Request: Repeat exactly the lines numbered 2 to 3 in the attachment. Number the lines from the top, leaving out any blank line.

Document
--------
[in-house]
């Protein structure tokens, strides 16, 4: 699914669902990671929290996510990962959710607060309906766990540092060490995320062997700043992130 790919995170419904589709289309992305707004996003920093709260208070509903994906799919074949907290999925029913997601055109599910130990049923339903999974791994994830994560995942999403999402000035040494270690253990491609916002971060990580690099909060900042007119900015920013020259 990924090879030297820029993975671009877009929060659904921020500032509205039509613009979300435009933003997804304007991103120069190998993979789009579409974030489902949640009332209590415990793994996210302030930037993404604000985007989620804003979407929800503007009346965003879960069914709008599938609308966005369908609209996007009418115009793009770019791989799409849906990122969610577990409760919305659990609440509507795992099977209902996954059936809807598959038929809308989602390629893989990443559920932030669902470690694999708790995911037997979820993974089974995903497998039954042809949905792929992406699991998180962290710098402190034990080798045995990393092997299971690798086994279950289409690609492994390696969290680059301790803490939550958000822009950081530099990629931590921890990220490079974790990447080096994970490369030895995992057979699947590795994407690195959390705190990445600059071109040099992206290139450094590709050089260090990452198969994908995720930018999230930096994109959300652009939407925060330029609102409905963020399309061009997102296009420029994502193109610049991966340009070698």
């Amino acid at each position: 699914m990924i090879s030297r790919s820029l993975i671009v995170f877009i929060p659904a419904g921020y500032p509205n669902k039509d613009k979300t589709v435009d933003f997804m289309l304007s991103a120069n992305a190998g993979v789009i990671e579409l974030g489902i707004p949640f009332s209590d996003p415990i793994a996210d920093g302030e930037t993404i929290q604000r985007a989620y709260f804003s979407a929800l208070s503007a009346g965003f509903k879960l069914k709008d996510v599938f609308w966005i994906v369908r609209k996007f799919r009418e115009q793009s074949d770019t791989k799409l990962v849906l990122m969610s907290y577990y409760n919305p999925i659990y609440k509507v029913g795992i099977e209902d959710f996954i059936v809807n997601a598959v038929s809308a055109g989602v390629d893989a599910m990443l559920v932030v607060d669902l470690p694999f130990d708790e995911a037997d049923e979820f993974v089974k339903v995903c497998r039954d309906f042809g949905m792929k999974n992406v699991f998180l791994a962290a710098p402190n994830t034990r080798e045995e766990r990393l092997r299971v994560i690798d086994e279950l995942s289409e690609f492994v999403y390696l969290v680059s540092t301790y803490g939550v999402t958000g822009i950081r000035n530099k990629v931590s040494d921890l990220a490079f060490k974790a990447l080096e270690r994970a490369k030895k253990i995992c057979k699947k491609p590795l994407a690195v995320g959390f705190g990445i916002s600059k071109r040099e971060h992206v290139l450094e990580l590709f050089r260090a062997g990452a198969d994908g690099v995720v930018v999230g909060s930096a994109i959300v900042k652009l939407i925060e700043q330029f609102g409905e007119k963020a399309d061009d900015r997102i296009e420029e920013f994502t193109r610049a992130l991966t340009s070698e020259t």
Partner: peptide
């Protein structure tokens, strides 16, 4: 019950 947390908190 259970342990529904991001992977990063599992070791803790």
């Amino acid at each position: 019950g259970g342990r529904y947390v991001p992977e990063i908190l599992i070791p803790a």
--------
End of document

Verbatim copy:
């Protein structure tokens, strides 16, 4: 699914669902990671929290996510990962959710607060309906766990540092060490995320062997700043992130 790919995170419904589709289309992305707004996003920093709260208070509903994906799919074949907290999925029913997601055109599910130990049923339903999974791994994830994560995942999403999402000035040494270690253990491609916002971060990580690099909060900042007119900015920013020259 990924090879030297820029993975671009877009929060659904921020500032509205039509613009979300435009933003997804304007991103120069190998993979789009579409974030489902949640009332209590415990793994996210302030930037993404604000985007989620804003979407929800503007009346965003879960069914709008599938609308966005369908609209996007009418115009793009770019791989799409849906990122969610577990409760919305659990609440509507795992099977209902996954059936809807598959038929809308989602390629893989990443559920932030669902470690694999708790995911037997979820993974089974995903497998039954042809949905792929992406699991998180962290710098402190034990080798045995990393092997299971690798086994279950289409690609492994390696969290680059301790803490939550958000822009950081530099990629931590921890990220490079974790990447080096994970490369030895995992057979699947590795994407690195959390705190990445600059071109040099992206290139450094590709050089260090990452198969994908995720930018999230930096994109959300652009939407925060330029609102409905963020399309061009997102296009420029994502193109610049991966340009070698």
């Amino acid at each position: 699914m990924i090879s030297r790919s820029l993975i671009v995170f877009i929060p659904a419904g921020y500032p509205n669902k039509d613009k979300t589709v435009d933003f997804m289309l304007s991103a120069n992305a190998g993979v789009i990671e579409l974030g489902i707004p949640f009332s209590d996003p415990i793994a996210d920093g302030e930037t993404i929290q604000r985007a989620y709260f804003s979407a929800l208070s503007a009346g965003f509903k879960l069914k709008d996510v599938f609308w966005i994906v369908r609209k996007f799919r009418e115009q793009s074949d770019t791989k799409l990962v849906l990122m969610s907290y577990y409760n919305p999925i659990y609440k509507v029913g795992i099977e209902d959710f996954i059936v809807n997601a598959v038929s809308a055109g989602v390629d893989a599910m990443l559920v932030v607060d669902l470690p694999f130990d708790e995911a037997d049923e979820f993974v089974k339903v995903c497998r039954d309906f042809g949905m792929k999974n992406v699991f998180l791994a962290a710098p402190n994830t034990r080798e045995e766990r990393l092997r299971v994560i690798d086994e279950l995942s289409e690609f492994v999403y390696l969290v680059s540092t301790y803490g939550v999402t958000g822009i950081r000035n530099k990629v931590s040494d921890l990220a490079f060490k974790a990447l080096e270690r994970a490369k030895k253990i995992c057979k699947k491609p590795l994407a690195v995320g959390f705190g990445i916002s600059k071109r040099e971060h992206v290139l450094e990580l590709f050089r260090a062997g990452a198969d994908g690099v995720v930018v999230g909060s930096a994109i959300v900042k652009l939407i925060e700043q330029f609102g409905e007119k963020a399309d061009d900015r997102i296009e420029e920013f994502t193109r610049a992130l991966t340009s070698e020259t």